With the travelling funfair season in full swing and the conclusion of the trial of William and Shelby Thurston perhaps it is timely to remember the importance of the health and safety laws, not only as they relate to funfairs but also self-employees in the industry.
On March 26, 2016, at the Harlow Town Park Fun Fair, 7 year old Summer Grant was playing on the Circus Super Dome inflatable when the wind lifted the inflatable and carried it "flipping and spinning" down a hill before hitting trees and a fence. Tragically, Summer died of her injuries in hospital hours after the incident.
Married couple Shelby and William Thurston were in charge of the Circus Super Dome and another slide that day as part of the inflatable play ground and were arrested on suspicion of manslaughter by gross negligence.
The couple were later charged with the unlawful killing of Summer Grant by gross negligence in a breach of duty to take reasonable care to ensure the inflatable was adequately anchored to the ground, to monitor the weather conditions and ensure they were suitable for the inflatable to be in use.
They were further charged with failing to discharge their duty under section 3 of the Health and Safety at Work Act 1974; failing to ensure the safety of those not in their employment, including Summer Grant. They faced the allegations in their capacity as self employed operators.
In the Cheltenham Crown Court, the trial lasted three weeks and the couple were both found guilty of manslaughter by a majority verdict of 10 to 2 and unanimously of the health and safety charges. The Thurstons await sentence with Mr Justice Garnham indicating he would be “seriously considering imprisonment”.
William and Shelby Thurston had significant experience in the fairground industry and their families had been operating in the fairground industry for generations.
The inflatable was purchased by Shelby Thurston’s father; William Searle in 2014 who it was established was in fact the owner of the inflatable. He had trained his daughter as a controller.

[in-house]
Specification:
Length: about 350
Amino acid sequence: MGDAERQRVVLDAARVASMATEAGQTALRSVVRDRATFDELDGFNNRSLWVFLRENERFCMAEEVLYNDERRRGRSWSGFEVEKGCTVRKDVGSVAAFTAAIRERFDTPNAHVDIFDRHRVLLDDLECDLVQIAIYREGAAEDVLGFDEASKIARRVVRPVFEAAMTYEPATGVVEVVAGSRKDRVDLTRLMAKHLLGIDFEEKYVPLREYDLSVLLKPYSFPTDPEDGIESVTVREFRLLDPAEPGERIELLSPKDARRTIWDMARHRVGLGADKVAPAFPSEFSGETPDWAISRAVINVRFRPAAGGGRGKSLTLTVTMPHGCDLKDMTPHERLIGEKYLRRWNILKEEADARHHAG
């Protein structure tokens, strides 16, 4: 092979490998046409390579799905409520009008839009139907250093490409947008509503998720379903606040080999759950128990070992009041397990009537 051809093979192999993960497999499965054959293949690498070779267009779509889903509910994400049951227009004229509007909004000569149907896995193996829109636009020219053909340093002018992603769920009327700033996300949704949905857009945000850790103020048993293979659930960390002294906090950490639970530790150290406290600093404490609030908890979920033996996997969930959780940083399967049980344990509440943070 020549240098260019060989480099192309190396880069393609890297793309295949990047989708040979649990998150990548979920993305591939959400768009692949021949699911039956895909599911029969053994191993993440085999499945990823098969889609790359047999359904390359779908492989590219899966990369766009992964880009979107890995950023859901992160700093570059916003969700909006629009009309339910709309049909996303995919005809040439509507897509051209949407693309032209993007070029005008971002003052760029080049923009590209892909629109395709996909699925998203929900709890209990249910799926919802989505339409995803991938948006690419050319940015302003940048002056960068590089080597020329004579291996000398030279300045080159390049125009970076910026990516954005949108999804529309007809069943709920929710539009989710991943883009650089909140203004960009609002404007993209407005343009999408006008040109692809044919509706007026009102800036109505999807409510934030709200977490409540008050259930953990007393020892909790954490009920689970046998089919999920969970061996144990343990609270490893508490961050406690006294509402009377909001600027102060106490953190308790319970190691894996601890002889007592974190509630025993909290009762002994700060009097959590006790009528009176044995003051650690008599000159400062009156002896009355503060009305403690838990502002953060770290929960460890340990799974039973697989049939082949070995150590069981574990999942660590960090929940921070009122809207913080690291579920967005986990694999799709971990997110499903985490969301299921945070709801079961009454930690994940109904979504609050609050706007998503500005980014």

The court heard that dome inflatables are very different to ordinary bouncy castles and too much pressure in the dome causes it to overpressure and bend up at the sides – therefore, the blower pressure needs to be controlled by the operator. Furthermore, the dome had 17 anchorage points when the British Standard is 24. The Met Office had issued a yellow weather warning for the day and witnesses described the day as windy and wet. The maximum wind speed for the use of inflatables outside is 38km per hour (23.6mph) and safety guidelines advise against the use of inflatables in high winds. In the hour of the incident, wind speeds reached up to 40mph and the air ambulance had to divert because of the weather conditions.
The prosecution argued that the couple did not monitor the weather conditions of the day and failed to adequately anchor the bouncy castle. The Thurstons’ failures amounted to gross negligence and they exposed Summer to a risk to her safety, as Tracy Ayling QC for the prosecution told the jury: “21st century equipment like bouncy castles, need 21st century science to monitor the weather.”
A significant number of fairground workers are self employed and not all as experienced as the Thurstons. Work is seasonal but Health and Safety law applies equally to both self-employees and employers in the fairground industry. The law requires self-employed ride controllers to manage hazards and risks surrounding their running and operating of fair ground rides; working safely and not creating risk to themselves or other people. For health and safety law purposes, a person not working under a contract of employment and work only for themselves is defined as self-employed. Operators and attendants need to do everything reasonably practicable to make sure employees and others are safe in areas under their control to avoid not only health and safety breaches but tragedies of this kind.
As the travelling funfair season continues and the Thurstons await sentence this case serves as a reminder to those in the industry of their obligations and the importance of compliance.